8. Hi all! I'd like to introduce you to my site, oakenreed.com! Admittedly, the site I created is not solely based on fountain pens, but it was undoubtedly the initial goal. I will soon be reviewing a few pens and inks I've accrued over the past couple of years, from recommendations from you all or otherwise. I'm currently having a giveaway, but while my PIF is being moderated over there, please head on over and check it out for yourself. I also tend to write poetry and stories, so if that appeals, I hope to see you there!
  9. In this case, a Clairefontaine Triomphe A5. And the pen of choice - Pilot Custom 823, the double reservoir makes flying with a FP so much easier and worry free. ink!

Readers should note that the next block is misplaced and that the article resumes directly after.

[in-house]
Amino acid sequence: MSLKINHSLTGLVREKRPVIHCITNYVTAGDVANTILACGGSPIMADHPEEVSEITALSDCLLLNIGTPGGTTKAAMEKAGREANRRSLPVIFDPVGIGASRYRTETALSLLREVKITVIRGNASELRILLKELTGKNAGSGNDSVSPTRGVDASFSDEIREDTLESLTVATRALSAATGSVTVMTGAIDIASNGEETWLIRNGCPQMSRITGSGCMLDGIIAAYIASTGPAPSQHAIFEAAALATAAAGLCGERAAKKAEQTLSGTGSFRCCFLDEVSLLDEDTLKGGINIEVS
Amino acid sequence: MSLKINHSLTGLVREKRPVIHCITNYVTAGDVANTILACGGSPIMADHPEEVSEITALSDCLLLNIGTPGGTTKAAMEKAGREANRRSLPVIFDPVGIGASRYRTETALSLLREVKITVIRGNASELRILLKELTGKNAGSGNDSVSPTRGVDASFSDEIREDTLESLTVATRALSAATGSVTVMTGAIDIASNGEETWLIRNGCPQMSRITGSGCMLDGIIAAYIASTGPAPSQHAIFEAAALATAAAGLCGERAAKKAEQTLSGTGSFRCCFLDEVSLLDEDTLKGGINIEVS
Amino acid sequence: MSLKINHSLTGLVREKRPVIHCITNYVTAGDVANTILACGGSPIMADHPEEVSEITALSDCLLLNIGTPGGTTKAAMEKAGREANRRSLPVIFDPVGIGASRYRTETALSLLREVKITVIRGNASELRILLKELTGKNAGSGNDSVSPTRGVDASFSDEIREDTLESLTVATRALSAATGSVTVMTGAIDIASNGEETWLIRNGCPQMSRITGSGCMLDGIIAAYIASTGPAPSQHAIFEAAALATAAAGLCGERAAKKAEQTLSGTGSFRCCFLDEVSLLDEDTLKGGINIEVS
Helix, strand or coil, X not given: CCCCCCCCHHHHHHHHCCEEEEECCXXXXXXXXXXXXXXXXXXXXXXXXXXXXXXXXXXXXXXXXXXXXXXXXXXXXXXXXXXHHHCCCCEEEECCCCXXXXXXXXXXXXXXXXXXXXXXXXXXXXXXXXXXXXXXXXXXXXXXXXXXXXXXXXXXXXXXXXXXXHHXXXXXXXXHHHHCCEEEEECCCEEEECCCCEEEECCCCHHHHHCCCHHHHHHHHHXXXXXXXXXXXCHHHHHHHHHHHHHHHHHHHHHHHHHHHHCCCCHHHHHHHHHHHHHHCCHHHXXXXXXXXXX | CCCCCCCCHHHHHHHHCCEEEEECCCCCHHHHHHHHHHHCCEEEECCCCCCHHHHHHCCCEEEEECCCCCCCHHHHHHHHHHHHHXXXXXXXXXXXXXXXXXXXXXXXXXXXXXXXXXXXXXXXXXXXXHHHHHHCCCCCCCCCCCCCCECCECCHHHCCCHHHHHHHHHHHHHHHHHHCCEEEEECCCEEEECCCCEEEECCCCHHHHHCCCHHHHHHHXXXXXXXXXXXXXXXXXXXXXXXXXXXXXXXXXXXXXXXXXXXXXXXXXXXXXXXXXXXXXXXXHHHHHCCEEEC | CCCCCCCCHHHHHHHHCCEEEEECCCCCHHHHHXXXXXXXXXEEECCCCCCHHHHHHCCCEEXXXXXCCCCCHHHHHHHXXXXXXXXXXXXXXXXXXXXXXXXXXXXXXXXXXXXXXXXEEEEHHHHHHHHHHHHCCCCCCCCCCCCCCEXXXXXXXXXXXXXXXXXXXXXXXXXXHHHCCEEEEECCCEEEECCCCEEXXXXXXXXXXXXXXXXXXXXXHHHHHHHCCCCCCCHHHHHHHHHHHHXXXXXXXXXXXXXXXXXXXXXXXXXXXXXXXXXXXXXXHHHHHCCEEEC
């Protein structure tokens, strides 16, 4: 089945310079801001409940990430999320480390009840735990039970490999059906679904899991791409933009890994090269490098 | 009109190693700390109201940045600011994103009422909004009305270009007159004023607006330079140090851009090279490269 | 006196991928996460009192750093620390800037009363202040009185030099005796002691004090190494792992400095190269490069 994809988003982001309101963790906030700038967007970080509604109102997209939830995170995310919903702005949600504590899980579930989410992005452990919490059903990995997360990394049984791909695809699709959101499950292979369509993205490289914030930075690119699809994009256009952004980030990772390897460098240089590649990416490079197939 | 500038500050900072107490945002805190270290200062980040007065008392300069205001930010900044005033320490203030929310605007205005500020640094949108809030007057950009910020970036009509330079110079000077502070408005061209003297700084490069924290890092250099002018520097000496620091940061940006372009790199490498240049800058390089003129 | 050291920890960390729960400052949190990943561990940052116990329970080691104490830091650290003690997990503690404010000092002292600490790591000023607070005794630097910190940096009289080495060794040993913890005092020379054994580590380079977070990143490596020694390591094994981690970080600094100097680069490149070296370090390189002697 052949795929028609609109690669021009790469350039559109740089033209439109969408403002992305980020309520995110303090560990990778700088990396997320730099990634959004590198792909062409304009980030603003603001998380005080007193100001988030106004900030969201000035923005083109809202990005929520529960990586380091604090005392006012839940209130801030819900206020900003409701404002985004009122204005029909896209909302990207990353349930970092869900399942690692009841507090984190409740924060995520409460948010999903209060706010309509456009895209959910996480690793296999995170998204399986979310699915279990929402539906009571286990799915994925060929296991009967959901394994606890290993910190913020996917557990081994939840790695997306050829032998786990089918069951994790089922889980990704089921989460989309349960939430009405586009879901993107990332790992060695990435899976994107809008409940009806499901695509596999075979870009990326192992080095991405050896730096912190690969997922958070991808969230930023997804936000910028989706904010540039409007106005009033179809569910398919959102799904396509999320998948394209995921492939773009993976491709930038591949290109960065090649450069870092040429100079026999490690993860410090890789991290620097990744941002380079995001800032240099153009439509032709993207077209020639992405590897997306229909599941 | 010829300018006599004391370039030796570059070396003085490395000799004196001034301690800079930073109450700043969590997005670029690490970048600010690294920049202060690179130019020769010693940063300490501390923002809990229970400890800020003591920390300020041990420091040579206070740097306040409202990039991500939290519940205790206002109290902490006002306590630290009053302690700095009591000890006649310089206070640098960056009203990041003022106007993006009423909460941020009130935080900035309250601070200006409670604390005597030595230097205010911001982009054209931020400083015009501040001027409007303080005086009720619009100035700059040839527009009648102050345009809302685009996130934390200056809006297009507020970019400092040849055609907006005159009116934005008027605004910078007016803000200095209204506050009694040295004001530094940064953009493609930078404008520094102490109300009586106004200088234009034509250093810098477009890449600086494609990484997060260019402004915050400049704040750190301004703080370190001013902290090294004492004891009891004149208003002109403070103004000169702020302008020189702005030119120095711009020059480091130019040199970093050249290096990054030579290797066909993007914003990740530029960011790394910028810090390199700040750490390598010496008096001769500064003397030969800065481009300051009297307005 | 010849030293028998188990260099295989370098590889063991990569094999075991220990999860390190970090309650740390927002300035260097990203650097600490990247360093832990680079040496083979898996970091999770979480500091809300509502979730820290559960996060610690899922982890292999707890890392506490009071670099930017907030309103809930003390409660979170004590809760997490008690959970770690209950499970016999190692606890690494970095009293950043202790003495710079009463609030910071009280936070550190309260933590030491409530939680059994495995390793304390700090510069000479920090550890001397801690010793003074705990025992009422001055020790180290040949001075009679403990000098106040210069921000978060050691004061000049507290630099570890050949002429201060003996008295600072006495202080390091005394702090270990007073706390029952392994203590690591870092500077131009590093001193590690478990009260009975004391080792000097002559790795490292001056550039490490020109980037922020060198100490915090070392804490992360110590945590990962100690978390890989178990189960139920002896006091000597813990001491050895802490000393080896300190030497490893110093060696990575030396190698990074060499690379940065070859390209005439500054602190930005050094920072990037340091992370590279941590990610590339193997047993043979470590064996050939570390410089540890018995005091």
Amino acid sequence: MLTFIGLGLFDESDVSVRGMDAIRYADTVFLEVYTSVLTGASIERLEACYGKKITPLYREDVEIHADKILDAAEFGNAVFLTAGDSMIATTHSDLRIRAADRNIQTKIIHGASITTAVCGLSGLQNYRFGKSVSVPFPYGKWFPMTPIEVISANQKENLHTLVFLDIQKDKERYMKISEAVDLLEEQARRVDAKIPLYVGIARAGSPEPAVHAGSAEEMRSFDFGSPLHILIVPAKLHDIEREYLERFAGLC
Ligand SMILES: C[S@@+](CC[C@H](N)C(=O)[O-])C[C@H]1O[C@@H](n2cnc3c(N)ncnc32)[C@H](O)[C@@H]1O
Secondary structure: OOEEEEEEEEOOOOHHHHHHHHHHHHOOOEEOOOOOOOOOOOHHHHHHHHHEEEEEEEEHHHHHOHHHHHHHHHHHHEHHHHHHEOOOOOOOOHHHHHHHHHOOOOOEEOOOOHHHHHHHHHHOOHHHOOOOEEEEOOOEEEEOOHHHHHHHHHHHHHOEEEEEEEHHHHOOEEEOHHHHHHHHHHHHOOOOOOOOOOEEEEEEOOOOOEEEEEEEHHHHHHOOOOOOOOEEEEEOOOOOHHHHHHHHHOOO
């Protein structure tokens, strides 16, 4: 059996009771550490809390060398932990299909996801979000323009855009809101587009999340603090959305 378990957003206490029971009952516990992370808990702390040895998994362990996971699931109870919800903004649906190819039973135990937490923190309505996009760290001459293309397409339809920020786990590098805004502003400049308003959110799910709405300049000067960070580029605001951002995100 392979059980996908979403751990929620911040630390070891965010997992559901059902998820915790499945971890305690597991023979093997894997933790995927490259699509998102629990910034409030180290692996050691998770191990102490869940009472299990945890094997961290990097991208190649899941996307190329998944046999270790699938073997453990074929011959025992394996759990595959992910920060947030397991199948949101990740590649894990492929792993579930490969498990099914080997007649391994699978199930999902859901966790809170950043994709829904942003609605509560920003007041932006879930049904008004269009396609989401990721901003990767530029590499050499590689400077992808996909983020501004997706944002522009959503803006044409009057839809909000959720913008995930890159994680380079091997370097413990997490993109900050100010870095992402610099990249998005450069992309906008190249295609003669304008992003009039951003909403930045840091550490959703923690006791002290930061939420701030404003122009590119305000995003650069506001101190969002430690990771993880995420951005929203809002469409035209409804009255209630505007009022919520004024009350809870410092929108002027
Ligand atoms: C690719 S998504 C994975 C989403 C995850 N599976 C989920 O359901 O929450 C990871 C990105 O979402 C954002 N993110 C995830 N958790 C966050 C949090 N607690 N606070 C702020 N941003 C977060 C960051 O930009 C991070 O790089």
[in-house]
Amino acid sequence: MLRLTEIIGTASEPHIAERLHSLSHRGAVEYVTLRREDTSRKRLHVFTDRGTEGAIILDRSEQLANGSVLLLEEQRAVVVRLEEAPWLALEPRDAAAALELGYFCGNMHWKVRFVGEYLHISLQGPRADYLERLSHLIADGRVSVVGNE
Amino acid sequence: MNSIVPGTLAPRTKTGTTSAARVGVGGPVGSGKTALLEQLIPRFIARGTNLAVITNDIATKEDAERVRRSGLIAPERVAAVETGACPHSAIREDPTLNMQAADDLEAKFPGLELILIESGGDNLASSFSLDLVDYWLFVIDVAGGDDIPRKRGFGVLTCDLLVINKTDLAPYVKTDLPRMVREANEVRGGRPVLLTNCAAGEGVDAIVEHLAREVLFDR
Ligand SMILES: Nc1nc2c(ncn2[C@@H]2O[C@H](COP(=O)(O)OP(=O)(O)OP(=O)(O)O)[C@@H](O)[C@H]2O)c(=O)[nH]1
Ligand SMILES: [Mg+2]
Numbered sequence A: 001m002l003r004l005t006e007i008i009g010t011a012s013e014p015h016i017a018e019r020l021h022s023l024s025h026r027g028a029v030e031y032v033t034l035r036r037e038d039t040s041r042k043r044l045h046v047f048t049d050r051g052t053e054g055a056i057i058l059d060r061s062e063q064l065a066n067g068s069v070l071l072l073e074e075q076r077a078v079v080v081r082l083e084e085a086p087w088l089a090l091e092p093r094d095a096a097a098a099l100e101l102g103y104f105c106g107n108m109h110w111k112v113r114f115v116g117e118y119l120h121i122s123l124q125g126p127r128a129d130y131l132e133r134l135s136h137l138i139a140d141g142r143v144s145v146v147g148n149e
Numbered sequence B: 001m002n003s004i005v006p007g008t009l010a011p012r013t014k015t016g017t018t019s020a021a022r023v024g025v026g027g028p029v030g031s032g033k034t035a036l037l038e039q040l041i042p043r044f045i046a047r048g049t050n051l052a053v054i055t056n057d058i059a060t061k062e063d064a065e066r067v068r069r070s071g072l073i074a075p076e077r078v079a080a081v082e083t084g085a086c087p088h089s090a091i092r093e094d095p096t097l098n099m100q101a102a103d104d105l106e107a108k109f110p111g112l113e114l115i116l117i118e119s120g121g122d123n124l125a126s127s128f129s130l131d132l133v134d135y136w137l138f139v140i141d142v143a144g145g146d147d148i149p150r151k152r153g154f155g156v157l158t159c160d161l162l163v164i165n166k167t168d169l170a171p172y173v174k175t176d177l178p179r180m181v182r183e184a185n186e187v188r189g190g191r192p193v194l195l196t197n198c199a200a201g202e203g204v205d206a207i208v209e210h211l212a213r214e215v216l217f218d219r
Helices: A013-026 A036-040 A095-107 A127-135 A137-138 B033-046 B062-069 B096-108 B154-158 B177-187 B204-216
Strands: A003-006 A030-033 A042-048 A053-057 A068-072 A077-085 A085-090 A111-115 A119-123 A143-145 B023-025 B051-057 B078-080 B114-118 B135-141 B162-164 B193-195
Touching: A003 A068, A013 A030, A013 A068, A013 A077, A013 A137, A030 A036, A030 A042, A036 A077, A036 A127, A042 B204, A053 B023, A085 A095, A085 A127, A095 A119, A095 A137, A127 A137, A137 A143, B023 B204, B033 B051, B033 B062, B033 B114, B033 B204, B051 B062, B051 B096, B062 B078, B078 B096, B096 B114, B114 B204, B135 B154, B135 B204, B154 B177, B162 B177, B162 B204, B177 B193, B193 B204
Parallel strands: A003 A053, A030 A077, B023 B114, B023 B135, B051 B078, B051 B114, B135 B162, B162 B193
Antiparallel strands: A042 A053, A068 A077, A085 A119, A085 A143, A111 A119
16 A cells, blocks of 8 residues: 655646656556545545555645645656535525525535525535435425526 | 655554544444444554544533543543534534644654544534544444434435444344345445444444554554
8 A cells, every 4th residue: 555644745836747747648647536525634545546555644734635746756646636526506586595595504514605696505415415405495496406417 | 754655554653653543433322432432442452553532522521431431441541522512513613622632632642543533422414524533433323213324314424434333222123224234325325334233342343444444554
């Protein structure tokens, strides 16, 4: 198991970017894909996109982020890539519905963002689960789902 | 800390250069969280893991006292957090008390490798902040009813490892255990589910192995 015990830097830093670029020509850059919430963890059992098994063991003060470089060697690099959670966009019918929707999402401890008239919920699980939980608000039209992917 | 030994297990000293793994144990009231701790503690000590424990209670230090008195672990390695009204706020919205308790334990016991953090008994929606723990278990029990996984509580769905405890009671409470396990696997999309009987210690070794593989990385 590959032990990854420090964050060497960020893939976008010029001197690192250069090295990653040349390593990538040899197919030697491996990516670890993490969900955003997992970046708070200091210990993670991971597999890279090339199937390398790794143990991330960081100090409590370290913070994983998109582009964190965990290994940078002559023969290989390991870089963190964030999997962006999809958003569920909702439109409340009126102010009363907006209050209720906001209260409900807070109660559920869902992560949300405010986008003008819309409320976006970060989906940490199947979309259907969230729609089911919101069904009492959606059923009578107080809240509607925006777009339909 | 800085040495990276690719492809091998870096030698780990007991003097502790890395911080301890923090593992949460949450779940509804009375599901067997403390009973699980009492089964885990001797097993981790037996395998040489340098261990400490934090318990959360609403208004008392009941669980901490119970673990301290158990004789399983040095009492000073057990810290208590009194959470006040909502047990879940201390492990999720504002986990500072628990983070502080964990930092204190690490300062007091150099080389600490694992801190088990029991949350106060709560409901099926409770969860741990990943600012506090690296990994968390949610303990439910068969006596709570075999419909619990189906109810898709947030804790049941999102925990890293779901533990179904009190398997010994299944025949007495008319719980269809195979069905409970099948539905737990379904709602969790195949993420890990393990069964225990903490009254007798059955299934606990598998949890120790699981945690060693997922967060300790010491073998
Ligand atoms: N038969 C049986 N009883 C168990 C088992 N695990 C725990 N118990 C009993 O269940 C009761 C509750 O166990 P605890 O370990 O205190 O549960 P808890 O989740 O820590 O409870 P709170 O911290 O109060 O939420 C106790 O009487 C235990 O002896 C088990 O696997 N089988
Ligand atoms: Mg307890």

10. Hi everyone- I've been looking everywhere for a decently priced notepad that's similar to the ones I always used in France. (Currently in DC) When I was there my everyday paper was the Clairefontaine french-ruled, perforated tear-out page **paper pad, no spiral bound** Is there a way to find these in stores in the US? Online without spending an arm and a leg? I found a similar notepad by Rhodia, but can only find it in packs of 3. It may be silly, but I'm just looking to get one! Any suggestions would be awesome! Thank you!